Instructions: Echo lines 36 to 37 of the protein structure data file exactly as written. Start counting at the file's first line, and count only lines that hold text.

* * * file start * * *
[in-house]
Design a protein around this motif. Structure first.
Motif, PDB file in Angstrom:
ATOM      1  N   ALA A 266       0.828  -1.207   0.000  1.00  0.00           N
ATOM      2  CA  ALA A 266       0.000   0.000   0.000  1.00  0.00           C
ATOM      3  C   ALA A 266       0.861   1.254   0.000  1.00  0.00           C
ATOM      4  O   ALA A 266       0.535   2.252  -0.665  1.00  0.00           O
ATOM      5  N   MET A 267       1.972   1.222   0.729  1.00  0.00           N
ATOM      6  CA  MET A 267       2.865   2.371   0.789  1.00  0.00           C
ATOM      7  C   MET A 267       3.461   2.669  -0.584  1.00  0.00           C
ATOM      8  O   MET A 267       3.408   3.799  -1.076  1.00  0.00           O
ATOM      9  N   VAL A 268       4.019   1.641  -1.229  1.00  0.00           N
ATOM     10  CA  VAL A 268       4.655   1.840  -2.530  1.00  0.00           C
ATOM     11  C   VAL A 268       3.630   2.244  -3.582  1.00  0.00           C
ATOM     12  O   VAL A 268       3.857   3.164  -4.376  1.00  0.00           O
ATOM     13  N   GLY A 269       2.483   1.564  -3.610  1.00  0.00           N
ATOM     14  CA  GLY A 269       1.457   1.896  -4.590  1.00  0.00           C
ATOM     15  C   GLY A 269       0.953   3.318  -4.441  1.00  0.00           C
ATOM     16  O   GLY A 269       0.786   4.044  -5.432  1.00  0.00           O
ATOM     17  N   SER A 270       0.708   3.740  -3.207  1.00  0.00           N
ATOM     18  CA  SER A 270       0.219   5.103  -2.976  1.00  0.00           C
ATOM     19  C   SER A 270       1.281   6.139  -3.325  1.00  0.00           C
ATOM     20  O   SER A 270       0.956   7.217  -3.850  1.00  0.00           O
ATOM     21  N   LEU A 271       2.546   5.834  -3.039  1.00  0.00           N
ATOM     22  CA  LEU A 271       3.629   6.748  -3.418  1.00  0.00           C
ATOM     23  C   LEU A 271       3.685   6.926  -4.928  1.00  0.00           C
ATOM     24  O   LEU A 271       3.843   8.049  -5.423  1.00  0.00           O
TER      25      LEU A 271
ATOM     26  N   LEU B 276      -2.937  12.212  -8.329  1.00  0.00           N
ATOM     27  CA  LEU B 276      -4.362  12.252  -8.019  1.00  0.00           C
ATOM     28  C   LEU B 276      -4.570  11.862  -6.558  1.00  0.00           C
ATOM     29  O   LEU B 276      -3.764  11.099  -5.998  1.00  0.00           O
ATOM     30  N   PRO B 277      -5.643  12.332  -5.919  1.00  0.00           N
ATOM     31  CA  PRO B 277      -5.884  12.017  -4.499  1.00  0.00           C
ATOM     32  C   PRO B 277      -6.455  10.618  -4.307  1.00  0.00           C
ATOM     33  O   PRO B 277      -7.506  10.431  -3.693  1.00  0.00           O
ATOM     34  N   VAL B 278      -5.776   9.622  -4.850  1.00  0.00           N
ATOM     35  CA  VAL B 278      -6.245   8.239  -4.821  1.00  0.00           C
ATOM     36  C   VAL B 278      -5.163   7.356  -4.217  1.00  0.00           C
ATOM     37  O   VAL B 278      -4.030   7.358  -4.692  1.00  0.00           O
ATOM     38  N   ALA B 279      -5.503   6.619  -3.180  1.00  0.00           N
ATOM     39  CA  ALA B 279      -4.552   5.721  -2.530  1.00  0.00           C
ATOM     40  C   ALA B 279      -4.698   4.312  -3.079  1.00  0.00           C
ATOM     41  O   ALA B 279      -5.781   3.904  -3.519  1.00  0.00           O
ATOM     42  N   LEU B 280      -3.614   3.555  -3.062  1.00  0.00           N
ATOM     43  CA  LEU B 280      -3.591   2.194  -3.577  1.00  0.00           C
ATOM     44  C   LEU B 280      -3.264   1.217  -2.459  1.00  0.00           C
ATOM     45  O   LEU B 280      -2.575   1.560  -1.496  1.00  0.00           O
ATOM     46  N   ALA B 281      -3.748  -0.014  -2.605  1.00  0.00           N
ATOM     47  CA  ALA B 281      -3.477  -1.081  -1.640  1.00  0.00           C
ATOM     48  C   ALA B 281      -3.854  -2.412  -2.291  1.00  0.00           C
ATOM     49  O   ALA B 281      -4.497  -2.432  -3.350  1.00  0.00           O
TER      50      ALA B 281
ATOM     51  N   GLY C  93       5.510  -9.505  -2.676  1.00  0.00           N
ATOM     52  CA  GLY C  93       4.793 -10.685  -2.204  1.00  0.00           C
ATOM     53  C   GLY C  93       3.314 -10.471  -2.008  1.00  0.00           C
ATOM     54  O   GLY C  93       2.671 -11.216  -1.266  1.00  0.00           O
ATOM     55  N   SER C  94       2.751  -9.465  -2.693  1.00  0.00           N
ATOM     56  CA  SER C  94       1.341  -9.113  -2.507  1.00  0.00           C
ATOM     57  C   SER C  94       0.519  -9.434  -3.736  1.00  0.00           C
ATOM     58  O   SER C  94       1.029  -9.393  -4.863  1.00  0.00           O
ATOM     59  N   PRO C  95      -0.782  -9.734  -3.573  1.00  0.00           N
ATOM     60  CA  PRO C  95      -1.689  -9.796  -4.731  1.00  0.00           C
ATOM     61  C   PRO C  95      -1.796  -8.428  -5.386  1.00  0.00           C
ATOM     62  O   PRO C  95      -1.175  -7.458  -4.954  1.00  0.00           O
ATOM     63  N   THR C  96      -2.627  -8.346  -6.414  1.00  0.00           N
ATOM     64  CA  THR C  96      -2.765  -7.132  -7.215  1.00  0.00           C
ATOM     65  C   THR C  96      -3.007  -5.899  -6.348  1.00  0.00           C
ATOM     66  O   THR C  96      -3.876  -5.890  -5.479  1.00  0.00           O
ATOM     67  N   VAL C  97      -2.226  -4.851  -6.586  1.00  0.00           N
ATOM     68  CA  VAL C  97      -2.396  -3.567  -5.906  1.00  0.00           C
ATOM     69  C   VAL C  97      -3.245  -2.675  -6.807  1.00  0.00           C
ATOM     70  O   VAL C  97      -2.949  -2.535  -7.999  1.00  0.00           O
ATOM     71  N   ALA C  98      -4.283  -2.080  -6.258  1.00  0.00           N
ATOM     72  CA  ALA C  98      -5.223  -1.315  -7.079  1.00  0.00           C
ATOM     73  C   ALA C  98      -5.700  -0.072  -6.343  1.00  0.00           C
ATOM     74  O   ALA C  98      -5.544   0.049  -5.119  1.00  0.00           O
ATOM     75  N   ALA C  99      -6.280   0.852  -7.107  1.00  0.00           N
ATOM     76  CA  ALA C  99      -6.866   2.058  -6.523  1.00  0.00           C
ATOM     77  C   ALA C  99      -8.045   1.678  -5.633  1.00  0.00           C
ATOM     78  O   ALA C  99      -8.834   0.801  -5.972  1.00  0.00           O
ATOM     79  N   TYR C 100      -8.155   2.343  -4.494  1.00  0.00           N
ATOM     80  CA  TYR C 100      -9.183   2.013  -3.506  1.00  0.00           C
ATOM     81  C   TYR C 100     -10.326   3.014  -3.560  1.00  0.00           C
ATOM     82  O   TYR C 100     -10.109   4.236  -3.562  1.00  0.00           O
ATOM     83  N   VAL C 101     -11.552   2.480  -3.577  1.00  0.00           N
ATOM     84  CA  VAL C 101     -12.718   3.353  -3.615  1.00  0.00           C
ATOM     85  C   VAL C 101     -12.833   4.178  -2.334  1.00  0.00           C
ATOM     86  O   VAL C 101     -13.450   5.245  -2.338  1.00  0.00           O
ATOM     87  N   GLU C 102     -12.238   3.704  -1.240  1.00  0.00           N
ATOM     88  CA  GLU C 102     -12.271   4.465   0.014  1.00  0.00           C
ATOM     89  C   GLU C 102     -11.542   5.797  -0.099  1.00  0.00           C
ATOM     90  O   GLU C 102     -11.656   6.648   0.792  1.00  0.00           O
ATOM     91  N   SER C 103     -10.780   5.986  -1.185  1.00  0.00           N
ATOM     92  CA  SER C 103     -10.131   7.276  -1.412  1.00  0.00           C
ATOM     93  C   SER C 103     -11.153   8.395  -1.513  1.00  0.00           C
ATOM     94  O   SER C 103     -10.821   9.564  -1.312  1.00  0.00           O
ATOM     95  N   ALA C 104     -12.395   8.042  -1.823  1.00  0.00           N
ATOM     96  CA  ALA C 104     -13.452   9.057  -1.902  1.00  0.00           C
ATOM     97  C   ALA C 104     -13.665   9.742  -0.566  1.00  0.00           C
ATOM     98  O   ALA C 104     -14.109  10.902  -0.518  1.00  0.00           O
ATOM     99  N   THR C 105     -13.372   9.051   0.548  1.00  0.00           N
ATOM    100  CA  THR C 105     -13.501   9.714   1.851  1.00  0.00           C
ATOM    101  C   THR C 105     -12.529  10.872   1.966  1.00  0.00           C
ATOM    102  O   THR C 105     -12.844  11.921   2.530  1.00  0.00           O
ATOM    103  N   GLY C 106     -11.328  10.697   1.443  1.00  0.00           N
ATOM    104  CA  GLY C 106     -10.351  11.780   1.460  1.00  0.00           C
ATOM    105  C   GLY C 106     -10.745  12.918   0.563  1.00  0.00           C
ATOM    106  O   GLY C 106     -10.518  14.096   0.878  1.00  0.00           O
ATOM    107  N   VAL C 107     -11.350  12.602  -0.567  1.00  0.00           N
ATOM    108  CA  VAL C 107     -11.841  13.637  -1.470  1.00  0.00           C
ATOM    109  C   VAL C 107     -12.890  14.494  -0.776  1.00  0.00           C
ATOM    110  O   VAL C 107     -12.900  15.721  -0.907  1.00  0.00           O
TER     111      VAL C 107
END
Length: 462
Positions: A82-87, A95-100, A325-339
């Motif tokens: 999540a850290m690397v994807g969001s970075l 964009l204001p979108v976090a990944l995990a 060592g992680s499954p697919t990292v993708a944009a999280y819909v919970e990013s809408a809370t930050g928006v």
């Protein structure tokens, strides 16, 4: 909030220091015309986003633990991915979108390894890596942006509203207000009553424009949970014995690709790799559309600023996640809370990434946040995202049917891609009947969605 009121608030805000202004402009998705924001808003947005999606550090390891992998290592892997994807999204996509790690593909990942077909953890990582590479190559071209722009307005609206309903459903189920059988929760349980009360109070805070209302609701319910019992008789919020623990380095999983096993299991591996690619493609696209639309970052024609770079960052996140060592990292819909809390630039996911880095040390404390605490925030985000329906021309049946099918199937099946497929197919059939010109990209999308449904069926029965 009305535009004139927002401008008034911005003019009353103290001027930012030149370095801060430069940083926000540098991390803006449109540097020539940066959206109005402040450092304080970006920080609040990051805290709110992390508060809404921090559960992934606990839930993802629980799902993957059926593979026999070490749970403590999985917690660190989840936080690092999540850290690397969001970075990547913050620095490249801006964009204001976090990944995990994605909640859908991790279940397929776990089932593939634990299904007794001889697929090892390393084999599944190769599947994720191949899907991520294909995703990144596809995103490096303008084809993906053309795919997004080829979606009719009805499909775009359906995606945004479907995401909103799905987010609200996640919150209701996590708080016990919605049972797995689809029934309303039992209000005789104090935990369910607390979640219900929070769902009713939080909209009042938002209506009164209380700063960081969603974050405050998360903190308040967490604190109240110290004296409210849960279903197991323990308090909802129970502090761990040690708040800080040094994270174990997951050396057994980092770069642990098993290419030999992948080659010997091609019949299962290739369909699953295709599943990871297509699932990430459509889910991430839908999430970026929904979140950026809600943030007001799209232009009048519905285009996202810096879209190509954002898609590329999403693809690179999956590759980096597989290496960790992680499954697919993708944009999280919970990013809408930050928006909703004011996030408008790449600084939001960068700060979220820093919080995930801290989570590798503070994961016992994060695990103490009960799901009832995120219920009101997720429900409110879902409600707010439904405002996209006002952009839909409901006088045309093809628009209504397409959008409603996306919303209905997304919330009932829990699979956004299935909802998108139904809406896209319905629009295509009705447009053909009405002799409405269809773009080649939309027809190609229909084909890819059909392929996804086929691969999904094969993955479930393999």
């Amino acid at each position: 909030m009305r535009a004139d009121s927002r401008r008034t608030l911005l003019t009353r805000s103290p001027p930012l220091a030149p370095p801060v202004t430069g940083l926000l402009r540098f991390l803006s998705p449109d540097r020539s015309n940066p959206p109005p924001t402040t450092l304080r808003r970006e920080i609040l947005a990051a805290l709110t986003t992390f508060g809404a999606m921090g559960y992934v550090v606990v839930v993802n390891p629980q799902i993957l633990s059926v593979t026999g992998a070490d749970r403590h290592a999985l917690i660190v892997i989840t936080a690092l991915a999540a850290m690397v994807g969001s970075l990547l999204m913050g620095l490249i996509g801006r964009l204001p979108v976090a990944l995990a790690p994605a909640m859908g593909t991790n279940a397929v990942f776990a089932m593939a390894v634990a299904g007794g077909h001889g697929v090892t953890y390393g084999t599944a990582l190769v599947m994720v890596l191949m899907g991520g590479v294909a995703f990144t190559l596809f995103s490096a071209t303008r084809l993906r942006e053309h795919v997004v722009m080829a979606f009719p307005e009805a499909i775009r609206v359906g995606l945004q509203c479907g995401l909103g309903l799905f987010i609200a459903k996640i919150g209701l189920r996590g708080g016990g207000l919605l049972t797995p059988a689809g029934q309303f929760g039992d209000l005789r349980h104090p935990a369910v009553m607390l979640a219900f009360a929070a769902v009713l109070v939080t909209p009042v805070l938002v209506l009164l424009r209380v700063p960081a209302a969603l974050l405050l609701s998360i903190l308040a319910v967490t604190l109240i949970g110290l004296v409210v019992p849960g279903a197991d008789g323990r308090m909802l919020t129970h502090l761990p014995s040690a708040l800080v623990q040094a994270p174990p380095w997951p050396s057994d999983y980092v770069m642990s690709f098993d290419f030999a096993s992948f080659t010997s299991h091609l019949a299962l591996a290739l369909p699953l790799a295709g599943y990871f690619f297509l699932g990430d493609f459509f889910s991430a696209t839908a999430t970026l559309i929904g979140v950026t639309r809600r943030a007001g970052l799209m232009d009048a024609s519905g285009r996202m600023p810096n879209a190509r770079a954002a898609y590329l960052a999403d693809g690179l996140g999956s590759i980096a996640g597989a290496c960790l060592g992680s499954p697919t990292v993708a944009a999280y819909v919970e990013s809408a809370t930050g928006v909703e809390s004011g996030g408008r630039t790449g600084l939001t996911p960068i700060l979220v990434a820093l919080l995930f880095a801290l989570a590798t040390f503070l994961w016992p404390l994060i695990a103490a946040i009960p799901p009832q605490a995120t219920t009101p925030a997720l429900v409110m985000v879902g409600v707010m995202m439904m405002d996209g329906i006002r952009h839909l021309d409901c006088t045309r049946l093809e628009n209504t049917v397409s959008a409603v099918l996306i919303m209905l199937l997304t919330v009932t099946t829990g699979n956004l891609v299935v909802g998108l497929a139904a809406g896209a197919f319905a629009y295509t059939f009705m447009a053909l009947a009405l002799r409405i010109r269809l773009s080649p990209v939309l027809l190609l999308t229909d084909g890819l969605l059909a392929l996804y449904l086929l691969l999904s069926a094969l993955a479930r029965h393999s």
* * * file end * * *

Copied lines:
ATOM     33  O   PRO B 277      -7.506  10.431  -3.693  1.00  0.00           O
ATOM     34  N   VAL B 278      -5.776   9.622  -4.850  1.00  0.00           N